Charles Harrington, author of the Tarot of the Vampires

Charles Harrington, author of the Tarot of the Vampires

My guest for this episode was Charles Harrington. Charles is the author of the upcoming Tarot of the Vampires from Llewellyn Worldwide as well as the guidebooks to The Murder of Crows Tarot, Ferenc Pinter Tarot and Tarot V Lo Scarabeo. He has been reading, teaching and loving the tarot for 27 years. 

While our conversation covered a lot of ground, one theme was really central, the liminal nature of queer people. Queer people are outside of the norms of society and this outsider status gives us insights that are not available to others. We live at the edges between the normal and the paranormal. Charles believes this is why queer people are so drawn to vampires and to the art of divination. 

Why Vampires?

It was very obvious from our conversation that Charles is passionate about the vampire as a symbol. The vampire story is so much a product of the culture and time in which it is written. Vampires often represent the shadows and fears of the society in which it is written. For the Victorian era, Dracula was portrayed as aristocratic and represented the repressed sexuality of the era. 

Vampires have also recently been portrayed in very homoerotic terms. Partly this is due to the increased visibility of LGBTQ+ and their stories but it also represents in some ways the fears that society has about same sex love. The vampire is often the shadow or the repressed fears personified. 

Queer people are drawn to the idea of the vampire and to the paranormal in general and Charles posits that this is because queer people always see themselves as the other. Our society often emphasizes the ways in which we are different or outside the norm. As a result, we see ourselves as queer people in the image of the vampire. We are familiar with our love being relegated to the dark and to the shadows.

This is also why BDSM and leather don't seem out of place in queer spaces. We're already riding that edge between the worlds and so things like BDSM and leather that would be "Other" or hidden in straight spaces feel natural in queer spaces. 

Divination and Tarot

We talked a great deal on divination and tarot, a favorite topic of mine. 

Charles mentioned the movement to mainstream tarot that started in the past several decades. There was a definite move to talk about the tarot in terms of psychology and avoid any mention of fortunetelling or the future. Unfortunately, that really dilutes the power of the tarot and in Charles' opinion, a Tarot reader should answer the question asked, not try to couch it in terms of psychobabble.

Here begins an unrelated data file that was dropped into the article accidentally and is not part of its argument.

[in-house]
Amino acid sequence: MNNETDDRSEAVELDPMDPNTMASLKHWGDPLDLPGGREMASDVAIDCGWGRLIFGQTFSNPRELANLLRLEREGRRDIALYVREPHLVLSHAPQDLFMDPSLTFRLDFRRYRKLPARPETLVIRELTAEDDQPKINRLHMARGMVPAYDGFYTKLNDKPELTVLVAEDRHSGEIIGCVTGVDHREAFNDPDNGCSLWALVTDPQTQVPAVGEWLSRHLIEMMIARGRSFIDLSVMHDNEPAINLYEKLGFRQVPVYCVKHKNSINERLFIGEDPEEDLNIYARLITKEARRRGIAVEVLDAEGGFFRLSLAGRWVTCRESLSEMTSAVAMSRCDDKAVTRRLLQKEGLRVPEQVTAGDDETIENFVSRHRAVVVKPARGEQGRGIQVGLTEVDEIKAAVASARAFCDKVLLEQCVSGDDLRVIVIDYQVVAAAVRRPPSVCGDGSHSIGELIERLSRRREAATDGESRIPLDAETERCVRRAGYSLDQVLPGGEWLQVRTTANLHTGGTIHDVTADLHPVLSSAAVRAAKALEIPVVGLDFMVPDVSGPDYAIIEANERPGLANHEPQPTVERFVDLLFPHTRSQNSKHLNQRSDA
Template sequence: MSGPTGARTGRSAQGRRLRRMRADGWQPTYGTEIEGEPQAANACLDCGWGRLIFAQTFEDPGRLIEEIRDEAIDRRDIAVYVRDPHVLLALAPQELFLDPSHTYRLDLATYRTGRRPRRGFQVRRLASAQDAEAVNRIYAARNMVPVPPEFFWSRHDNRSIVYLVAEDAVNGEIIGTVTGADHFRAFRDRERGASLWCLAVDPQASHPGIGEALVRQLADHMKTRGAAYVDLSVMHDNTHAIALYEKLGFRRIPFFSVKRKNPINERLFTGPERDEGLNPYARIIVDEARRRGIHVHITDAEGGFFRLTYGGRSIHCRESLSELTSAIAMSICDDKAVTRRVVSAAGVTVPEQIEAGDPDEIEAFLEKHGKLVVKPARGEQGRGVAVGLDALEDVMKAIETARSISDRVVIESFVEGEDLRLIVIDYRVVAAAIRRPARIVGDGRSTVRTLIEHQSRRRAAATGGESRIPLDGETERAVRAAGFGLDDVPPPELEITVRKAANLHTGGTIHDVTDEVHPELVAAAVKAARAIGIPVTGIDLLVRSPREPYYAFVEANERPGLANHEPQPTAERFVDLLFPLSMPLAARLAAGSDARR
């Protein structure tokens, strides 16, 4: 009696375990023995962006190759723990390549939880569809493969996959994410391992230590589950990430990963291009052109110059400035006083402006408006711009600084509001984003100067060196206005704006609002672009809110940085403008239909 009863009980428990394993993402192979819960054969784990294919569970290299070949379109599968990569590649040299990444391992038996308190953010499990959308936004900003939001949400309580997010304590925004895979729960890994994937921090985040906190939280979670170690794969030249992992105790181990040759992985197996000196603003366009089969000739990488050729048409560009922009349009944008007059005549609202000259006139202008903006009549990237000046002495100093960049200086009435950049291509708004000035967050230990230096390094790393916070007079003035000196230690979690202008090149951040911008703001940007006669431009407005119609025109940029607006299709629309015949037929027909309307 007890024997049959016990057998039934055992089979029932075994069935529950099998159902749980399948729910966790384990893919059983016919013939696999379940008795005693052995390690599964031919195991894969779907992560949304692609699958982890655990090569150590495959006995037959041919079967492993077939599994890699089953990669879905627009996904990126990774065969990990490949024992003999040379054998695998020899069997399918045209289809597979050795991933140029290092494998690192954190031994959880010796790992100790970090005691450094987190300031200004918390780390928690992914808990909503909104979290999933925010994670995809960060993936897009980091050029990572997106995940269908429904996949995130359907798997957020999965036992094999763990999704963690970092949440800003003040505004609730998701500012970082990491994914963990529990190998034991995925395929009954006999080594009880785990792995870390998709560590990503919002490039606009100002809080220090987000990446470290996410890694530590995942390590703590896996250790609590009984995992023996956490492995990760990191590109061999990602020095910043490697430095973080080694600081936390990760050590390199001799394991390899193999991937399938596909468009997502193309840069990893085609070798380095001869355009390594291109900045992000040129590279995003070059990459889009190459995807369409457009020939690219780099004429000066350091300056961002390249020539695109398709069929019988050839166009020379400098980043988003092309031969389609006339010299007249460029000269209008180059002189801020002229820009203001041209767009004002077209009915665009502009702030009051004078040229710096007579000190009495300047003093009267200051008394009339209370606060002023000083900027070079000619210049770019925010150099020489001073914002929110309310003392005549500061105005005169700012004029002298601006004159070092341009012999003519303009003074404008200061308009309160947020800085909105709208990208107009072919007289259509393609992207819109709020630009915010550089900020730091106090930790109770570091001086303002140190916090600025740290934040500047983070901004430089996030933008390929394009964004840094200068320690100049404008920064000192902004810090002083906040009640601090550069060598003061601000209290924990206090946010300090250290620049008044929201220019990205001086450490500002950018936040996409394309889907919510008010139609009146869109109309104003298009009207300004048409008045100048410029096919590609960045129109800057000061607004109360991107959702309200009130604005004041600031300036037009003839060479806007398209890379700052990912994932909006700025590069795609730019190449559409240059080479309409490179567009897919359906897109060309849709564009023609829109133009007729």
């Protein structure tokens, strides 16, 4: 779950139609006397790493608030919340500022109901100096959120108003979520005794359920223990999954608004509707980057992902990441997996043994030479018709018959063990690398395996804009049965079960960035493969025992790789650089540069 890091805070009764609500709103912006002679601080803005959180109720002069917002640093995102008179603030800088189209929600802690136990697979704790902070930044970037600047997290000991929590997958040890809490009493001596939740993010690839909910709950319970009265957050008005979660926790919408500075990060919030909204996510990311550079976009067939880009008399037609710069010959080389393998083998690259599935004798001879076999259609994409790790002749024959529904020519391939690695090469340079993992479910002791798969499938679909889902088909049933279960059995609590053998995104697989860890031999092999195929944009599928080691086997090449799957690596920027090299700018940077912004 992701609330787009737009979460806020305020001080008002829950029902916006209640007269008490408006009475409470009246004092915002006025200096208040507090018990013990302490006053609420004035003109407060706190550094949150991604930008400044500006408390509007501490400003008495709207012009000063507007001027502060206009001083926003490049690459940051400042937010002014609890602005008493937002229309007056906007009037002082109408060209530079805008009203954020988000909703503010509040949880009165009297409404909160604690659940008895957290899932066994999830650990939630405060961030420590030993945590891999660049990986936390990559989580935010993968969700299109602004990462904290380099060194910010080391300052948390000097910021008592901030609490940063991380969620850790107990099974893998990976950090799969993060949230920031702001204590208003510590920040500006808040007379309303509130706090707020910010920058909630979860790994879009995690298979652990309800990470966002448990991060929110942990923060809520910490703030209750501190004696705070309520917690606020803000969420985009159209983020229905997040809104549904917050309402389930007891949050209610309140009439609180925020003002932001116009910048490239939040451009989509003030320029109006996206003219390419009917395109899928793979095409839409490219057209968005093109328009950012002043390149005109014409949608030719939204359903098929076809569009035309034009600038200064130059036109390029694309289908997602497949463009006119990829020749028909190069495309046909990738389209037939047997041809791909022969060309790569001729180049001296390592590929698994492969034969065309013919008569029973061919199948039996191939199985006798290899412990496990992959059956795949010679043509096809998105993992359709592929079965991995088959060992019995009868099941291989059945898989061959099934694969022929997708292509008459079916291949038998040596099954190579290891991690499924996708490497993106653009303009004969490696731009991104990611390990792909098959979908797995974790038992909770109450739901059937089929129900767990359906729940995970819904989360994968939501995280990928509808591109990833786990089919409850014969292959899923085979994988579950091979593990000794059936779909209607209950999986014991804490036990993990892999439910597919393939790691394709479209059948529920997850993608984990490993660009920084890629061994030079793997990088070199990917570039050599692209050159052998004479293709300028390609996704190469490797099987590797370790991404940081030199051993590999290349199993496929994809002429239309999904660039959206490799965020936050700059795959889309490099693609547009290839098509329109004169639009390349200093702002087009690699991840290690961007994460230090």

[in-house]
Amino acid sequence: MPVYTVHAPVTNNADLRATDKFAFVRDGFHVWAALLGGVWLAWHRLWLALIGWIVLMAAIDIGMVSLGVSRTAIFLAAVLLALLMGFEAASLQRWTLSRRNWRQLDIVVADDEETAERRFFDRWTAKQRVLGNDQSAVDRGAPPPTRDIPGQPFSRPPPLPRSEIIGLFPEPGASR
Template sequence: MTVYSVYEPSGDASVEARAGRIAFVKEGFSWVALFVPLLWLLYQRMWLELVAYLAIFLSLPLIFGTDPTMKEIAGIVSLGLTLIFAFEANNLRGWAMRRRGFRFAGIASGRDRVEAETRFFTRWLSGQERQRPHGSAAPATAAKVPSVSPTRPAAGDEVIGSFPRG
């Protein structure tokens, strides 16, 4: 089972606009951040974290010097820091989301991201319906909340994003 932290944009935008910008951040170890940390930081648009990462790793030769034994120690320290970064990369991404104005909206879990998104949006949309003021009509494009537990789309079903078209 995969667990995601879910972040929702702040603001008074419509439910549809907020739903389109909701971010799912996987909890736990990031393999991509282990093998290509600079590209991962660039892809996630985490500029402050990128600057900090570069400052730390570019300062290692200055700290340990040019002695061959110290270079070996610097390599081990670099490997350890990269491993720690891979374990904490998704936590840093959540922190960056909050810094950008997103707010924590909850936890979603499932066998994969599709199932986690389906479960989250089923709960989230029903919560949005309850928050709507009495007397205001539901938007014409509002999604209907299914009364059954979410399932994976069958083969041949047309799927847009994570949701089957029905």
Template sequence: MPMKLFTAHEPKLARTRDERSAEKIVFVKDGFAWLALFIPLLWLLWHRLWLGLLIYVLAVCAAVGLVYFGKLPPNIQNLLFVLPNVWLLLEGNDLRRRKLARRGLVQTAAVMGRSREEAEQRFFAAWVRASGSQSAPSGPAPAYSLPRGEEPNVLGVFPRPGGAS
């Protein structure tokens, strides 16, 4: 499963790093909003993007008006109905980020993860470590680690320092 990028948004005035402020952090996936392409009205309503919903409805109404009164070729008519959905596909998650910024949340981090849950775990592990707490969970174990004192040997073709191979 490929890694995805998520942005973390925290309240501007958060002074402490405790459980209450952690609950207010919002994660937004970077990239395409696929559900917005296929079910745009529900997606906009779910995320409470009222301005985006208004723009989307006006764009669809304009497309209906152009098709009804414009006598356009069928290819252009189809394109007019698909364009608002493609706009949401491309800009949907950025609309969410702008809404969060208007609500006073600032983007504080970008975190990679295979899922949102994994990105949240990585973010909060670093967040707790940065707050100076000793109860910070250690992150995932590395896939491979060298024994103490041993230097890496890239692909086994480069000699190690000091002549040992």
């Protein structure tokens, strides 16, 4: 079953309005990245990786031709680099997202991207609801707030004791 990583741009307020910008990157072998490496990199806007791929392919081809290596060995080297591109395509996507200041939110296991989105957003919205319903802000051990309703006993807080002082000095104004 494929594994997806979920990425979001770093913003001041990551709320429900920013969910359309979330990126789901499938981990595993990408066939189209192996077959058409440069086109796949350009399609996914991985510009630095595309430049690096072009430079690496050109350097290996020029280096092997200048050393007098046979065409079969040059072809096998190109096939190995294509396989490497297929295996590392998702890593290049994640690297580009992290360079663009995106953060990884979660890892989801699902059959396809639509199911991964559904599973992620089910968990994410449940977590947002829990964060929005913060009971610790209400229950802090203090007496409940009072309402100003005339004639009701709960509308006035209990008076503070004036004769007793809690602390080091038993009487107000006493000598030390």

In fact, the theater behind getting a tarot reading is really what makes it such a powerful tool. There's something about the experience of sitting across from a tarot reader and getting a reading that signals that you've moved out of the ordinary and into another world. That gives the insights that the tarot creates more weight. 

This is also why queer people seem to make such great readers. A queer reader is inherently liminal so it adds to the extraordinariness of getting a tarot reading. Queer people generally excel at elements of drama and theater which helps to maintain the mystique of getting a reading. There's also an interesting dynamic that someone getting a reading will share much more openly with a queer person than they might otherwise. 

Parting Thoughts

I wanted to highlight Charles' parting thoughts as I felt that they were particularly powerful: 

But I want to just explicitly state that queer people have this wonderful gift in that we are liminal. Within a world that sees most for the most part two genders. And one kind of sexuality, we are this other path. And because of that gift, when a person of any stripe needs information that is not available in the mainstream, and when they need wisdom or answers that are not available to them in tradition, and in the mainstream, they will leave behind that sort of center and come to the edges at the borders of society. And that is where they find the witch, or the fortune teller. And we have a wonderful gift and also maybe a sacred, I'm going to say the word, responsibility to be that person, that guardian, that Oracle, at the boundary of this world and the next who can share truths from that other place and bring them into this world.

Episode Summary

I got an opportunity to chat with Charles Harrington, author the upcoming Tarot of the Vampires from Llewellyn Worldwide. Being a tarot enthusiast myself, we talked about the cards a lot while also managing to cover a lot of other topics.
Key Points:

  • Vampires as the personification of otherness and repressed fears
  • Why mainstreaming tarot as a psychological tool was a bad idea
  • Why theater and drama contribute to a good tarot reading
  • The liminality of receiving a tarot reading
  • Tarot and queer portrayals in the cards
  • Queer people, liminality and otherness 

Charles' Links:

Tarot of the Vampires

Queer Spirituality Links:

Sacred Kin Samhain Retreat

Listen to the Full Episode

NOTE: This page may contain one or more affiliate links. Purchases made through these links result in a commission being paid to the blog author. 
About the Author, Julian Crosson-Hill

Julian Crosson-Hill, ACC is an ICF certified spiritual life coach and human design specialist. He coaches gay and bisexual men in living a life of purpose, meaning, and connection.

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